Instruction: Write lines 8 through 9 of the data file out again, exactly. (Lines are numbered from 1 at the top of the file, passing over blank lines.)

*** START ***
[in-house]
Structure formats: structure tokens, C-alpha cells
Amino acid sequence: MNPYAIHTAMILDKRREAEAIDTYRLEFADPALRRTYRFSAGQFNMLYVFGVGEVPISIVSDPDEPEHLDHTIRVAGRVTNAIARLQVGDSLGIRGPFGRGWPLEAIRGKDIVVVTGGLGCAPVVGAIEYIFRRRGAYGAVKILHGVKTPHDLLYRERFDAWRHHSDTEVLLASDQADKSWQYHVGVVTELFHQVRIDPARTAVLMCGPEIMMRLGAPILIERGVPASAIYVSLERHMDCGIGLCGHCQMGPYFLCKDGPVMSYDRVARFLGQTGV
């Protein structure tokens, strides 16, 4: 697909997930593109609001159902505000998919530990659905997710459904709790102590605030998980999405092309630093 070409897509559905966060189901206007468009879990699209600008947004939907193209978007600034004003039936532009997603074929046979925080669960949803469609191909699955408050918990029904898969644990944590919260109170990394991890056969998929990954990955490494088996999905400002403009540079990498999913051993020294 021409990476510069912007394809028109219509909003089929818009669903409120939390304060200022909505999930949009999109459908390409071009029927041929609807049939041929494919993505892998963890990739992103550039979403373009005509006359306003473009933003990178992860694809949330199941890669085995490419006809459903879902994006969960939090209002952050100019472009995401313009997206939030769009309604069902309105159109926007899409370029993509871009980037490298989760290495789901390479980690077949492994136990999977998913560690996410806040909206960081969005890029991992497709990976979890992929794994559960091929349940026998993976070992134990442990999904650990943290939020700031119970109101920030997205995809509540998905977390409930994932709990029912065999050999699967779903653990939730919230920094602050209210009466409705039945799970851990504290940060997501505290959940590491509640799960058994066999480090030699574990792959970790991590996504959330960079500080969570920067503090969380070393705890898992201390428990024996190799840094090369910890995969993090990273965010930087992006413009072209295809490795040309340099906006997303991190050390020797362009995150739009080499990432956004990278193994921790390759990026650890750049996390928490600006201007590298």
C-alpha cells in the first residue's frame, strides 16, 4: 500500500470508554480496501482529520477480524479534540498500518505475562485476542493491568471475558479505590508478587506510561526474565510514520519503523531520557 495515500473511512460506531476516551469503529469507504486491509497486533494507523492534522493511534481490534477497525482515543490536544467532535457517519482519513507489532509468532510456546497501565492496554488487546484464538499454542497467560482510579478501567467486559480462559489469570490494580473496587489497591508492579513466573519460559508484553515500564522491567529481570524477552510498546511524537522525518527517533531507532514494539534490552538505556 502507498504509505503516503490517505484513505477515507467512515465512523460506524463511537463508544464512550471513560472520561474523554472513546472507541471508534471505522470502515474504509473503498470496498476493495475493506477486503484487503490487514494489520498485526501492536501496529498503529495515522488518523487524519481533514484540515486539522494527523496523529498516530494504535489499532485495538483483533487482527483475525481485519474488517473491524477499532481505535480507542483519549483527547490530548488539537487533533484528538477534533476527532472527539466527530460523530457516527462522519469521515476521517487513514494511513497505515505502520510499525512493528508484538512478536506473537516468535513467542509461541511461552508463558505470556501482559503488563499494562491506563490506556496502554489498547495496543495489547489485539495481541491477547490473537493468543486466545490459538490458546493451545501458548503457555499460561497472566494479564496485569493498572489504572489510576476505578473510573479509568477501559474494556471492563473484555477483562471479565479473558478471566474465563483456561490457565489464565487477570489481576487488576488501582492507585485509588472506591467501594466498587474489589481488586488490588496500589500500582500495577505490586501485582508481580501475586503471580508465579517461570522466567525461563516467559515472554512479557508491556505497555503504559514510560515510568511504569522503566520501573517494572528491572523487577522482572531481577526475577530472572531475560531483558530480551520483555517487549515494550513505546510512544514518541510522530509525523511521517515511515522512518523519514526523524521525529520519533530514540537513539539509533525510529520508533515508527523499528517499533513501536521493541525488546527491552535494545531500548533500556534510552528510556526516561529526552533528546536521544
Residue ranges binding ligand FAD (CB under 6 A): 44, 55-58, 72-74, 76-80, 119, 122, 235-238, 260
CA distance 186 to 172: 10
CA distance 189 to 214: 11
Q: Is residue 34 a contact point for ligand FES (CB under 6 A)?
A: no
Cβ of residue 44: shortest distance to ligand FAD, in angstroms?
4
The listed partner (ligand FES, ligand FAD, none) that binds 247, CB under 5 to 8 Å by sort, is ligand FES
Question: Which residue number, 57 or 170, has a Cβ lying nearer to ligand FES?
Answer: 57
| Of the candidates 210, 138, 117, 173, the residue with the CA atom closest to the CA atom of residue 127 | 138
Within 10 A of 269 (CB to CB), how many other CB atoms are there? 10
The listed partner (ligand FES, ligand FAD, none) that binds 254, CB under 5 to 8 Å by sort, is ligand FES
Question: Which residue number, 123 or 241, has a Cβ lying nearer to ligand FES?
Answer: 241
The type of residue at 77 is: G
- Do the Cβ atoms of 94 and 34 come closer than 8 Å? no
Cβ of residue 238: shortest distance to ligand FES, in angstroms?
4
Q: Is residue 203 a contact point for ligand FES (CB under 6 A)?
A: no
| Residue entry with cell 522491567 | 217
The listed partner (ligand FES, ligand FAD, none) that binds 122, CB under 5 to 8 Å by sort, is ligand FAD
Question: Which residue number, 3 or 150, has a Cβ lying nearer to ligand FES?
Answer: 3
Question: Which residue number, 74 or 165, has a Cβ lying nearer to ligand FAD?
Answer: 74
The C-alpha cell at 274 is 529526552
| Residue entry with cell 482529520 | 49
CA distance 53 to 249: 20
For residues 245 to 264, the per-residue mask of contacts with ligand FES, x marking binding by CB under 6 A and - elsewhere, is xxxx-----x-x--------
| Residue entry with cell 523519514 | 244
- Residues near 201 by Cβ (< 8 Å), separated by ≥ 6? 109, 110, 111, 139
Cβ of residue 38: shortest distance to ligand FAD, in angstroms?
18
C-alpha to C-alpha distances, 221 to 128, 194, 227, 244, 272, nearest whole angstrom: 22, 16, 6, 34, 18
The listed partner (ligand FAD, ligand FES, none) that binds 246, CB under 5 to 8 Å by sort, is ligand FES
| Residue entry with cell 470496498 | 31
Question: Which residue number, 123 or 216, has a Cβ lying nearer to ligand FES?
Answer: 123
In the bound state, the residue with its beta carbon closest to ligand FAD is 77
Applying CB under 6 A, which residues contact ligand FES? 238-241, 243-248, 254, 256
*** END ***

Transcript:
CA distance 189 to 214: 11
Q: Is residue 34 a contact point for ligand FES (CB under 6 A)?